Why We Are Dissatisfied with the OAH’s Report on Repression

By on November 15, 2004

On 25 March 2004, two and a half years after 9/11 and the passage of the Patriot Act and a year after American forces led the allied invasion of Saddam Hussein’s Iraq, the executive committee of the Organization of American Historians authorized appointment of a special committee to investigate “repression” in the American academy.

The initiative for the appointment of that committee came from a petition by Historians Against the War (HAW) , an unofficial coalition of historians who opposed the invasion of Iraq. The leadership of HAW and the OAH overlapped, as past OAH President Eric Foner of Columbia, outgoing OAH President David Montgomery of Yale, and incoming OAH President James Horton of George Washington University had signed the petition. When Horton appointed the investigating committee, it seemed appropriate to name Montgomery as its chair. The additional members of the committee, Sara Evans of Minnesota, Ray Arsenault of the University of South Florida, and Gloria Miranda of El Camino Community College, represented the gender and ethnic diversity that pre-occupies the academy in recent years, but they did not reflect the breadth of political attitudes toward the war and the state among American historians.

As we thought about the mandate of the OAH executive committee to its special investigating committee, KC Johnson noted that HAW’s petition saw “eight types of ‘repression,’ including”:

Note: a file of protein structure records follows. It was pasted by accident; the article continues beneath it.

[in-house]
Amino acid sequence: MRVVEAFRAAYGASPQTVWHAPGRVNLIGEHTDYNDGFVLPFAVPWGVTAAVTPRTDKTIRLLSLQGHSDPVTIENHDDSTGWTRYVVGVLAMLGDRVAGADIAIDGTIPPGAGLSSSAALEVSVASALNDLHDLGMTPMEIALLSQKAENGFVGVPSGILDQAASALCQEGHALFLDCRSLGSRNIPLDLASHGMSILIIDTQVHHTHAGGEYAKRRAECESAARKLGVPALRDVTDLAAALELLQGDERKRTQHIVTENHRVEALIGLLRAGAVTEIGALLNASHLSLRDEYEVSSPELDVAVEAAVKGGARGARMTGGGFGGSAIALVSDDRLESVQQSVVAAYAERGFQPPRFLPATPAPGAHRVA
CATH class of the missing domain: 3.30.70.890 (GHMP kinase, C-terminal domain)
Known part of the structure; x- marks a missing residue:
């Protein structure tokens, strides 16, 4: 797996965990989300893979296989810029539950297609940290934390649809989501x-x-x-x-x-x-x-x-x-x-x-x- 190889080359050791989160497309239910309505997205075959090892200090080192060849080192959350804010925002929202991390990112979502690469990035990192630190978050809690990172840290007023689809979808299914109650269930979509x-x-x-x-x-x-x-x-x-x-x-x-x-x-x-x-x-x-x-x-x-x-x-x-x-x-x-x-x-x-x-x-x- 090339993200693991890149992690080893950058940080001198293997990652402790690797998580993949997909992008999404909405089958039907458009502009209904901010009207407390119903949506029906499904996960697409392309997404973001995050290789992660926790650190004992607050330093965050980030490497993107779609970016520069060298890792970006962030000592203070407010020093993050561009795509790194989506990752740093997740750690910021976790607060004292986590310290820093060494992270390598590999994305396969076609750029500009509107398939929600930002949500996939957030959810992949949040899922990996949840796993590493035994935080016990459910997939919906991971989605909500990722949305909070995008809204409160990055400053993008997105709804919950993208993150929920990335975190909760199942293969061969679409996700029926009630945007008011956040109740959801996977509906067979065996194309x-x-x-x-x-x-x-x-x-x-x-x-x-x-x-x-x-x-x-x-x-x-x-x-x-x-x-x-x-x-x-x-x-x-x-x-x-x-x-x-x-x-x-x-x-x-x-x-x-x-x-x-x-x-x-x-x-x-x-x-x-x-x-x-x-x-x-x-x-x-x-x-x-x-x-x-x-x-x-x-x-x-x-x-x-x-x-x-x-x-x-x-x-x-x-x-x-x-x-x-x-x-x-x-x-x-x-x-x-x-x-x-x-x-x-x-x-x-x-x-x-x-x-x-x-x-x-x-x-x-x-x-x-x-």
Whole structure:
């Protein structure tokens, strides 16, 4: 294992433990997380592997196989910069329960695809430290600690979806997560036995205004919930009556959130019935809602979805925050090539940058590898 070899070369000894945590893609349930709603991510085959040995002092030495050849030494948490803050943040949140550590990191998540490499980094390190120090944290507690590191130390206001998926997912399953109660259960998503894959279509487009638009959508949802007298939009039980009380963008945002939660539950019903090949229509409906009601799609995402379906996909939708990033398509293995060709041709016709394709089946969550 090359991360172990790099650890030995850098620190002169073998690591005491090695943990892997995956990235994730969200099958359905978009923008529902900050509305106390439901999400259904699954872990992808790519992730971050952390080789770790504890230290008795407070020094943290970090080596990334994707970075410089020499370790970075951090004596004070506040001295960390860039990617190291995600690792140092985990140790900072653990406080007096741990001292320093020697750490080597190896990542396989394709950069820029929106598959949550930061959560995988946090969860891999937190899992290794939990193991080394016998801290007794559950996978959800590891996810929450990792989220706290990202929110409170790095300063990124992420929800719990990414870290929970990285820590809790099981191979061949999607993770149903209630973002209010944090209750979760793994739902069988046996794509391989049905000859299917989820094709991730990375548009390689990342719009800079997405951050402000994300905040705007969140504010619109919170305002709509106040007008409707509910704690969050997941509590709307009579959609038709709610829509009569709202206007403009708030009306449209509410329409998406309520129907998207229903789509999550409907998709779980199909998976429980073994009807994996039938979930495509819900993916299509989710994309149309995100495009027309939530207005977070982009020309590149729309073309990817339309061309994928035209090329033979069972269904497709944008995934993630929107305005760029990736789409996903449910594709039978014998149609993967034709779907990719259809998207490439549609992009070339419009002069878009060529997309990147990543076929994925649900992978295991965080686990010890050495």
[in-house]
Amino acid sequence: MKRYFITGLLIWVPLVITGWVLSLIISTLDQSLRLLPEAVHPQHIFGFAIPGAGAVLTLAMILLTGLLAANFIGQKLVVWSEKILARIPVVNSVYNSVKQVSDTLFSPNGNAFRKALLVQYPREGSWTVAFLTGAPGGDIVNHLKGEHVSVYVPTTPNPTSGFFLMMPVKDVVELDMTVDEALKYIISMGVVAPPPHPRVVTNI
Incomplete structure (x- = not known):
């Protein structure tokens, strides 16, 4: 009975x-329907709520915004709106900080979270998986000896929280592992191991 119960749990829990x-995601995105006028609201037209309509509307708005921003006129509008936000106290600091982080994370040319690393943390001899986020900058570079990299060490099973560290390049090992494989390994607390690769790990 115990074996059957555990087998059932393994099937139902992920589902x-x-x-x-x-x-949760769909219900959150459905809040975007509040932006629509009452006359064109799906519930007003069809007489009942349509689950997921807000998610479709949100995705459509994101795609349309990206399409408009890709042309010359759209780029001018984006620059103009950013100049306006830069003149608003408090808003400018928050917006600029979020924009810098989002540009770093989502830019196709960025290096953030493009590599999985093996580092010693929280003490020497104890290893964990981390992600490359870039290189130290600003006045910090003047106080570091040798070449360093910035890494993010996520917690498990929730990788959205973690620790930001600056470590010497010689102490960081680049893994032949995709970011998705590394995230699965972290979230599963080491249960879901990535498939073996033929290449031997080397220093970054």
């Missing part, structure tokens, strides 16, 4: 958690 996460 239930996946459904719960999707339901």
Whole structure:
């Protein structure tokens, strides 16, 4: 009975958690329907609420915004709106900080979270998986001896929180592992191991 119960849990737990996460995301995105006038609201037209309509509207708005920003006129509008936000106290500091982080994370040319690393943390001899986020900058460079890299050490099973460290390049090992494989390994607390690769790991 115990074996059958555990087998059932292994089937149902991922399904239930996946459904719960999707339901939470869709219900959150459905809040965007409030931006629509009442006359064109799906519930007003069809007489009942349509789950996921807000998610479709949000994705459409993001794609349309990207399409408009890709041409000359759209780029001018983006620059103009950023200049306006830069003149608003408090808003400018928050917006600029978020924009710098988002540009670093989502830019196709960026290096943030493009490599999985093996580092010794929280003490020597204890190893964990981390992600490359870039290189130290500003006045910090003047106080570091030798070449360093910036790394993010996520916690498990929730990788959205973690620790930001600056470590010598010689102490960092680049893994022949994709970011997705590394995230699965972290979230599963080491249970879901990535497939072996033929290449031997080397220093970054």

‘restrictions of research and surveillance of library use under the USA PATRIOT Act’; ‘reports of teachers, especially in high schools and community colleges, reprimanded or confronted with suspension or non-renewal for allowing students in their classrooms to express opposition to the occupation of Iraq’; ‘Systematic denunciation of historians who have criticized government policy by Campus Watch, No Indoctrination, Students for Academic Freedom, and other groups’; ‘Dismissals and refusals to employ faculty members allegedly on the basis of their views on foreign policy’; ‘Restriction of historians’ access to government records, and new limits to enforcement of the Freedom of Information Act.’


HAW’s grievance that the Bush administration restricted historians’ access to government records, he observed, was unlikely to win a sympathetic hearing in government circles when it was coupled with a second HAW petition, similarly endorsed by the OAH, that denounced the Bush administration’s doctrine of pre-emptive war. The administration officials could now “claim that the leading professional organization of American historians has linked its call for more liberal release of documents with an attack on Bush’s foreign policy,” said Johnson. Citing his own the experience and the files of FIRE, the Foundation for Individual Rights in Higher Education, he denied the assumption that “the chief threat to academic freedom and free speech on the campus today” comes from “right-wing ultra-patriots.”


In the discussion that followed KC Johnson’s comments, Michael Burger of the history department at Mississippi University for Women said: “A propos FIRE, campus speech codes do seem a more clearly established challenge to free speech on college campuses. Would OAH support a statement condemning speech codes? Perhaps there’s an interesting experiment there.” And so there was. Taking up Burger’s query, Ralph Luker said that he doubted that that is what HAW’s leaders originally had in mind, but he recommended that Montgomery get in touch with FIRE if his committee were seriously interested in exploring contemporary threats to academic freedom.